I just returned from the RTM Business Group’s CIO Congress in Miami, Florida, and it’s exciting to see so many school CIOs re-envisioning their role in classroom instruction. With so many of our largest and smallest districts exploring (even systematizing) one-to-one and BYOD programs, the Congress’s central conversation was around learning – traditionally the point at which a CIO would head for the door, not begin a discussion. A clear de facto theme for the congress was therefore, “It’s not about the device!” But we should think carefully before messaging this too loudly, as there are two ways to interpret this sentiment.
First, with the near-ubiquity of access, and decreasing importance of platform, the question of “which device” will continue to become more about personal preference (or, more likely, emotional attachment). I don’t see that changing. Consequently, school districts may be safest by avoiding the argument altogether by seeing their job as providing access, not specific technologies. I believe districts that are adequately future-proofing their classroom technology programs are more likely to be those exploring access through multiple devices and greater choice. At the very least, they are making their decisions about devices as late as possible in the planning process, allowing the “why?” discussions to evolve first. In this interpretation of “it’s not about the device,” we are on safe ground.
The other interpretation of “it’s not about the device” sets up a dangerous counterpoint to those of us advocating for ubiquitous technology in the classroom. In this context, “It’s not about the device” frames the discussion around the need for our schools to transform learning and teaching as a prerequisite for technology use. Don’t get me wrong – I am absolutely in favor of any technology planning beginning with better learning as the desired outcome. In fact, I believe it MUST be the starting place. My point is that if we are too vociferous that technology merely plays a supporting role, we risk damaging the critical narrative that technology holds a unique disruptive power to trade teacher-centered teaching for student-centered learning. We also validate those who argue learning can be adequately transformed to meet the needs of students in the 21st Century without the personalized use of technology in schools. It IS about the device because the device enables the innovations we desire. Writing isn’t about pencils, either, but try writing without one.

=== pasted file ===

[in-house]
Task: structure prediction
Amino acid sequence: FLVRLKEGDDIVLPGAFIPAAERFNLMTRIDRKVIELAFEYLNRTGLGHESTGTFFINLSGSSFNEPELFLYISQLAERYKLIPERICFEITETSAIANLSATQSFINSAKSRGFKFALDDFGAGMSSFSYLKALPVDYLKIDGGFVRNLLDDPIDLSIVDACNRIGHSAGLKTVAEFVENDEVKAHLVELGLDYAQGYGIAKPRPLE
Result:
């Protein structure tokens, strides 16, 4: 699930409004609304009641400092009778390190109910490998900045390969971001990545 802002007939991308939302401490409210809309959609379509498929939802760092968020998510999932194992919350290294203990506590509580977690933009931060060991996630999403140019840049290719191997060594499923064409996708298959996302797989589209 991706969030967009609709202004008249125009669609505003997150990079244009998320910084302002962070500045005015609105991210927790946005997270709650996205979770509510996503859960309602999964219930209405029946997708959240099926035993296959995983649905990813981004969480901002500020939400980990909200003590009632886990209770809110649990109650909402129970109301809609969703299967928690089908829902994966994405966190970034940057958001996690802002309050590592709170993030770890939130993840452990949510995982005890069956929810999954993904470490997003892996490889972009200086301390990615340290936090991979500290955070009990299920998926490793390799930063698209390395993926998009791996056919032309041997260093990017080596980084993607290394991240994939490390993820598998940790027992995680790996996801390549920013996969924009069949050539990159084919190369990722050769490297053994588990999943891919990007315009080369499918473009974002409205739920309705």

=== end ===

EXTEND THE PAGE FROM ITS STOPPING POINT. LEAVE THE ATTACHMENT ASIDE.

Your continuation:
Listening to CIOs actively engage with the instructional implications of technology use in the classroom is incredibly refreshing. We need more of this. But, while specific technologies deserve to be secondary to classroom instruction, the role of technology overall in enabling the transformations we seek is too fundamental to the change process to risk the slightest suggestion it is optional. The 21st Century CIO should use the phrases, “it’s not about the device,” as a way to enter, not avoid, the world of academics.
cross-posted at The 21st Century School
Robert C. Sidford is the Coordinator of the 21st Century Learning Division in Washoe County School District. Read more at http://robertsidford.com.